Houston Chron Round-Up: Higher Ed preferred target of budget cuts, “godless, left-wing radicals” in the universityPosted: October 29, 2010
Two important pieces in today’s Chron:
- According to a recent poll, Higher Ed was the preferred target for budget cuts, out of a list of options that included cuts to K-12; “no cuts,” however, was equally popular at 28%
- According to the Chron’s Texas Politics blog, State Board of Ed member Don McLeroy addressed a Tea Party group in Bastrop, and warned of “godless left-wing radicals” who have taken over the government and universities. Here’s McLeroy’s characterization of college teaching of American history:
Sadly, instead of teaching our children historical facts, many professors indoctrinate them in the social history of race, class, and gender. And, if they teach the Constitution, the Declaration, and the arguments of the Federalist Papers at all, they teach they are obsolete,” McLeroy complained.
McLeroy had been Chairman of the Board that most recently rewrote the Texas social studies curriculum, and lost a reelection bid in a Republican primary to Thomas Ratliff.
Here’s another account of the A&M accountability system, this time from the WSJ.
A 265-page spreadsheet, released last month by the chancellor of the Texas A&M University system, amounted to a profit-and-loss statement for each faculty member, weighing annual salary against students taught, tuition generated, and research grants obtained.
So what would be the impact of such initiatives be on instruction on campus , if such statements began to determine the curriculum available to studetnts at the undergraduate and graduate levels?
Thanks to Dan Wells for organizing what seemed to me a very successful brown bag discussion. I am including links of the handouts and movies, for anyone interested in following up our discussions.
- Here’s our advertisement for our new, expanded group of UH Teaching Prizes. We have increased the number of awards, the size of most awards, and the pool of award money. Please discuss in your departments and nominate your strongest teachers.
- Here’s our overview of current theories of learning.
- Here is Dan Well’s own set of tips for teaching large classes.
- Today’s videos from Dr. Cory Brooke can be found here.
For those interested in a very readable synthesis of current learning theory, try M. Suzanne Donovan, John D. Bransford, and James W. Pellegrino, Editors, How People Learn (1999), which is available at this link for purchase or as a free pdf.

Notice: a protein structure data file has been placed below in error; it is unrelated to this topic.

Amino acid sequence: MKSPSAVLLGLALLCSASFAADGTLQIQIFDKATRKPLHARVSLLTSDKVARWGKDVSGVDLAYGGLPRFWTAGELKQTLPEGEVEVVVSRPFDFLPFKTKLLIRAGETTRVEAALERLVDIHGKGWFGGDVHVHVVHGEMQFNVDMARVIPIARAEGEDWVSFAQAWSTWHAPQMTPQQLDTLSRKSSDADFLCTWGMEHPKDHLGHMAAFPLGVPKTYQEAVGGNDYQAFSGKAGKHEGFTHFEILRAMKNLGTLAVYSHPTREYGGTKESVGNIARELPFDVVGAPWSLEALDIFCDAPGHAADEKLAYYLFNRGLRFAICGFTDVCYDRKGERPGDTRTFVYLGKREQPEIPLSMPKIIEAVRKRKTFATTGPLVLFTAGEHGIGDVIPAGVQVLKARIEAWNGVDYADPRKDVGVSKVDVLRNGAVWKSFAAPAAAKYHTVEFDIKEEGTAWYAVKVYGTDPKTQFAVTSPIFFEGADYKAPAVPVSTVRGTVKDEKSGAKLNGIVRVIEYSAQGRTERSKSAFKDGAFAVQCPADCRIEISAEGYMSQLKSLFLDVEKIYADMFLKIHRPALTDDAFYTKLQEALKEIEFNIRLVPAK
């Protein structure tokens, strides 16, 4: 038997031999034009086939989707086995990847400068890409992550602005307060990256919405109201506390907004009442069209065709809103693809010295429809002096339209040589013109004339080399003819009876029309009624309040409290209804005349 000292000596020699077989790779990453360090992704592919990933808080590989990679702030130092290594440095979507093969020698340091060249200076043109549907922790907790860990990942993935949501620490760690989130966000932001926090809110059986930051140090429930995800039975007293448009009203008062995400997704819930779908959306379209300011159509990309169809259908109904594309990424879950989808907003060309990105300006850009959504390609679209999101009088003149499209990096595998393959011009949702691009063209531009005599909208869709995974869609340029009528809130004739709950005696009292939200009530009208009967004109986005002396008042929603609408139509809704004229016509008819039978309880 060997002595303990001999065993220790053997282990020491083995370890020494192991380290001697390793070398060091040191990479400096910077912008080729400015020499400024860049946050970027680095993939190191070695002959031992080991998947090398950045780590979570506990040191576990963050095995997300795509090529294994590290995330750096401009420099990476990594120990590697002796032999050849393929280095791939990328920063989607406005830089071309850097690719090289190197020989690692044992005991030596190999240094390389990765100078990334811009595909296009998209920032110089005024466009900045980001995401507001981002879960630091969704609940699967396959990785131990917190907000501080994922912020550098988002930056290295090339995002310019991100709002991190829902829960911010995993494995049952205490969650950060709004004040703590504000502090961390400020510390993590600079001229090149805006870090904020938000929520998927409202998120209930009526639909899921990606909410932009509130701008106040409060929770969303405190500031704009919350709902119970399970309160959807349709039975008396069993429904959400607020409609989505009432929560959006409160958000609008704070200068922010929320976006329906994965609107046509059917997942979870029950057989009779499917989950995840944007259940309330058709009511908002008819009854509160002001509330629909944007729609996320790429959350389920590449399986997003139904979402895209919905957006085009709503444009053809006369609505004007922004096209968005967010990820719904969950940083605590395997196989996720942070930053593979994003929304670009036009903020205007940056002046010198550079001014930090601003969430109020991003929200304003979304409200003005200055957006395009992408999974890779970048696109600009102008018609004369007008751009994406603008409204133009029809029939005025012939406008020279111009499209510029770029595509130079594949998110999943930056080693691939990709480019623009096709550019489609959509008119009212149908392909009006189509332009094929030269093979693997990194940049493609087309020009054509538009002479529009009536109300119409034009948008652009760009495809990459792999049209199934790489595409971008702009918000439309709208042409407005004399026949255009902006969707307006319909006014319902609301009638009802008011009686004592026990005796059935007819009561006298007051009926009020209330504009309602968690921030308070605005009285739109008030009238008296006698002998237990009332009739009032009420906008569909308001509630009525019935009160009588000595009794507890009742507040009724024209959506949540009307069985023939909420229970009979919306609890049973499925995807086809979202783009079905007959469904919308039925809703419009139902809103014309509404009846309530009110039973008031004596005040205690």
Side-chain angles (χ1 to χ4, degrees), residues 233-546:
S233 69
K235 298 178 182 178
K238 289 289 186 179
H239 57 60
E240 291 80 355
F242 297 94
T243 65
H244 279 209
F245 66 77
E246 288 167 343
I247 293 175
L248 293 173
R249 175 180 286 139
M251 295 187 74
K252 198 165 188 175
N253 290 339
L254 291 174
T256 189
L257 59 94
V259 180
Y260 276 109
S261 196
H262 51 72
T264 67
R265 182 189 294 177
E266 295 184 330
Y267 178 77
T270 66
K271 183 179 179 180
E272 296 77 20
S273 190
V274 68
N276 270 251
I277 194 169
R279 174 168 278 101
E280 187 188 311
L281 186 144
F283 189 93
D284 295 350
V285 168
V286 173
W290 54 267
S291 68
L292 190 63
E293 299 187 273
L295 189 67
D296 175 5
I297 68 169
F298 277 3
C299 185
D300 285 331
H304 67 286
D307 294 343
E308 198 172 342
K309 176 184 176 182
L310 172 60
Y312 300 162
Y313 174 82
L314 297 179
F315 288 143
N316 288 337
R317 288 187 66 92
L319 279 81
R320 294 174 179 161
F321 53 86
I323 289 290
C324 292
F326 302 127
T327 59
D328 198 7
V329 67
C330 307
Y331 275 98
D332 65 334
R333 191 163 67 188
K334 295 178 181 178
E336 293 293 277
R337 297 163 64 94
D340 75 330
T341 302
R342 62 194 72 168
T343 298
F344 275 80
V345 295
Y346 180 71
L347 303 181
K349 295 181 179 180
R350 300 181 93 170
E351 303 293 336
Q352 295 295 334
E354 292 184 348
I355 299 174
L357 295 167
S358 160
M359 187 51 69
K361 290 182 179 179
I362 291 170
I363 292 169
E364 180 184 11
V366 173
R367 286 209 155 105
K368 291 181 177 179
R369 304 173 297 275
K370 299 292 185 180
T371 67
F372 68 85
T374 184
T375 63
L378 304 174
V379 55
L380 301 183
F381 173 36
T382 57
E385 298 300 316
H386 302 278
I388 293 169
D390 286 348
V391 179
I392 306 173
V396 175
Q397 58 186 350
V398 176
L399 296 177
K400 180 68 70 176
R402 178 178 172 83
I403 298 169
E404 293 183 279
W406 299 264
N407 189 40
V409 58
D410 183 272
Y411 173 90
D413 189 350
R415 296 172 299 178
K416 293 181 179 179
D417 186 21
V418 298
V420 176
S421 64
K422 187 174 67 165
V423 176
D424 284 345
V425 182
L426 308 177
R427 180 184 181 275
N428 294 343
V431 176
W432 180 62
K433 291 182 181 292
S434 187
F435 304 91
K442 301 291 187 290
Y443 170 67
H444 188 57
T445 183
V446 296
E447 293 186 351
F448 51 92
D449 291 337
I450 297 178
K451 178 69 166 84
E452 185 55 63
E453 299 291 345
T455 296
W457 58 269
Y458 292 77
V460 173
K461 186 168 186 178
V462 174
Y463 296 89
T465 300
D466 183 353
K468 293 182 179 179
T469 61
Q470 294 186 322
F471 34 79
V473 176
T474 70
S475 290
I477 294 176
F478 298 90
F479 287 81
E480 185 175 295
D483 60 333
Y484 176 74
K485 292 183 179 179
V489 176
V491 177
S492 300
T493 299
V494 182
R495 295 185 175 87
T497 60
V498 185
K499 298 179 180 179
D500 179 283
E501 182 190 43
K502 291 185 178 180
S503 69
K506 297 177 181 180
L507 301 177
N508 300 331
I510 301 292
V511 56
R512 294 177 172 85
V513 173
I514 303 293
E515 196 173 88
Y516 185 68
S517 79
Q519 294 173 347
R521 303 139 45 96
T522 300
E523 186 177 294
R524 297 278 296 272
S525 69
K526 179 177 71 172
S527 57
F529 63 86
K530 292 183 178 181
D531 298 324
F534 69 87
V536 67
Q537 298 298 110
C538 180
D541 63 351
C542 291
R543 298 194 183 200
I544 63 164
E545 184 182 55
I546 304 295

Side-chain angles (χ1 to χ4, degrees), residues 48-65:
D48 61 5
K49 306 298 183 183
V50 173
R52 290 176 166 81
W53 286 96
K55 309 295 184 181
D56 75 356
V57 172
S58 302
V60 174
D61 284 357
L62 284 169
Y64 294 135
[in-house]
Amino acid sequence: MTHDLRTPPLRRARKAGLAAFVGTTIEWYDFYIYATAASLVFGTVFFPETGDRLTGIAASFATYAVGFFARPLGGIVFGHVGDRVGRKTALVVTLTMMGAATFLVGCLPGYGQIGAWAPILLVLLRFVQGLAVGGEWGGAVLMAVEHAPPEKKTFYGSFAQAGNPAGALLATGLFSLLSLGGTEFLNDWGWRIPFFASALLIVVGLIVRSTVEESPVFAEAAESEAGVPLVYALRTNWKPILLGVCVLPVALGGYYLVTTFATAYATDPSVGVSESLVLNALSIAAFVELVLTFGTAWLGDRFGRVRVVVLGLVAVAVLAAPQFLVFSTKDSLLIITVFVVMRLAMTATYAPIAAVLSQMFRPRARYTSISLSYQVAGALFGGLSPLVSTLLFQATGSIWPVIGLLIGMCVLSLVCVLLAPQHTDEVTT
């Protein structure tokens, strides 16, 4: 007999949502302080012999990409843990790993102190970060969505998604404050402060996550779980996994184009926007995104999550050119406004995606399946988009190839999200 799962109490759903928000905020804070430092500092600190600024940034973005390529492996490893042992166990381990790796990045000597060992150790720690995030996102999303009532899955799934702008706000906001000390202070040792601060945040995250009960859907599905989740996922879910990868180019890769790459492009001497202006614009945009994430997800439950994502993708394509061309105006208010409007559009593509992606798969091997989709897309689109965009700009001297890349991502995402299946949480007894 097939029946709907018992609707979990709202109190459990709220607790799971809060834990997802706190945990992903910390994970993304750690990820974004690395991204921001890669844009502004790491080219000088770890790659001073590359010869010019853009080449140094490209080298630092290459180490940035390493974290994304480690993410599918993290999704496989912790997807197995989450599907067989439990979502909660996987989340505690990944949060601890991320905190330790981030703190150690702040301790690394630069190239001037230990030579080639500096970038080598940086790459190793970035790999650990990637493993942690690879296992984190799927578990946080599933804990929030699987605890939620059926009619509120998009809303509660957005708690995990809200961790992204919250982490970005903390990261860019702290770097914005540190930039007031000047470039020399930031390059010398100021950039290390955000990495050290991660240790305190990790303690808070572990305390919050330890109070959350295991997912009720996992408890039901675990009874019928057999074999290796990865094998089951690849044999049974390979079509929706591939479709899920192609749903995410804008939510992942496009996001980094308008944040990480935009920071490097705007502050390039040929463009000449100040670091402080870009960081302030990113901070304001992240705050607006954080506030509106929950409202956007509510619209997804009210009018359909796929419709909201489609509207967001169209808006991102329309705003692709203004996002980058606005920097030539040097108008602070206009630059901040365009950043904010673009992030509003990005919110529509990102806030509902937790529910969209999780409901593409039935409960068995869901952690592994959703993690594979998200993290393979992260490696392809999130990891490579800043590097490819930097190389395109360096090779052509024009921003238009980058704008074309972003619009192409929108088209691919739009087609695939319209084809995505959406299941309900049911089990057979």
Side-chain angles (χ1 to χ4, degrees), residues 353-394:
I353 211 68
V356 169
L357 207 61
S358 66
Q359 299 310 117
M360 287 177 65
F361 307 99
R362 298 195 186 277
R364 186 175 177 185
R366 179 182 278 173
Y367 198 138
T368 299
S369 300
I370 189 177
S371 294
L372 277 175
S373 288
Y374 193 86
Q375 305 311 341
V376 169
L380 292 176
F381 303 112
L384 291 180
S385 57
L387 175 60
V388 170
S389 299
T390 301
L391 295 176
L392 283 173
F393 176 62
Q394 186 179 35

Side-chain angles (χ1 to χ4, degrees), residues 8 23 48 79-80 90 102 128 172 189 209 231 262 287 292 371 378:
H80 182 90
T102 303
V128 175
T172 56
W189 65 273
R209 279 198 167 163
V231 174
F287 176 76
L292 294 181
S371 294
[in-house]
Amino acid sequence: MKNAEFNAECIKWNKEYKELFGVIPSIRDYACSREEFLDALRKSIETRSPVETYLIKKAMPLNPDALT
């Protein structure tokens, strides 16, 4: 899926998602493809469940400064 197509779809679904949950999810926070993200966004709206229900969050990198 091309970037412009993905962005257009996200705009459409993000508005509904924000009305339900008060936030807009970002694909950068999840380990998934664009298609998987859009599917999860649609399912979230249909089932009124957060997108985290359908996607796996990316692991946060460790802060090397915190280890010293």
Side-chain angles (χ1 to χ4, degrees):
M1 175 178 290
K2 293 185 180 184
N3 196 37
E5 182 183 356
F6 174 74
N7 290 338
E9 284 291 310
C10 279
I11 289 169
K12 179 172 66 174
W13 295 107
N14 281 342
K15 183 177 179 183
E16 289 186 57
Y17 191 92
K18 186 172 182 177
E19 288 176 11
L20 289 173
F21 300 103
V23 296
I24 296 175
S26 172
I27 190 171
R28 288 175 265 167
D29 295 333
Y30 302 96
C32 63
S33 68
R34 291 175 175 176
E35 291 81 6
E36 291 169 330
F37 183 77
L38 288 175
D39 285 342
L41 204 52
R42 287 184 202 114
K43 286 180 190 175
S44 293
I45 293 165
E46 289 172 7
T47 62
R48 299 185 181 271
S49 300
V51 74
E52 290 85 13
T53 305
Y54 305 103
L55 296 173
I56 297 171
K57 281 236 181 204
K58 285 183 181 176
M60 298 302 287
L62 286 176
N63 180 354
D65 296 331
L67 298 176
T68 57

Since one of the questions that came up at Friday’s R&D workshop was how various disciplines outside of education could draw upon existing educational research, I thought I would offer up this interesting essay by Hugh Burkhardt and Alan Schoenfeld. These writers present a number of different models of how educational research might be translated into practice, before settling on their own recommended “engineering” approach.
The CTE needs to be agnostic at this point about these models, though I think we are very conscious of the need for teaching faculty to draw upon at least the findings and “best practices” found in the Scholarship of Teaching and Learning. Nonetheless, these authors do provide a useful overview of the three main traditions of educational research: humanities, science, and engineering. Here are brief excerpted definitions of each:
The humanities approach to research is the oldest tradition in
education.It may be described as “original investigations undertaken
in order to gain knowledge and understandings; scholarship;
the invention and generation of ideas . .. where these lead
to new or substantially improved insights”(Higher Education
Research Funding Council, 1999, p. 4). There is no requirement
that the assertions made be tested empirically. The test of quality
is critical appraisal concerning plausibility, internal consistency
and fit to prevailing wisdom. The key product of this
approach is critical commentary (5)
The science approach to research is also focused on the development
of better insight; of improved knowledge and understanding of “how the world works,” through the analysis of
phenomena; and the building of models that explain them. However,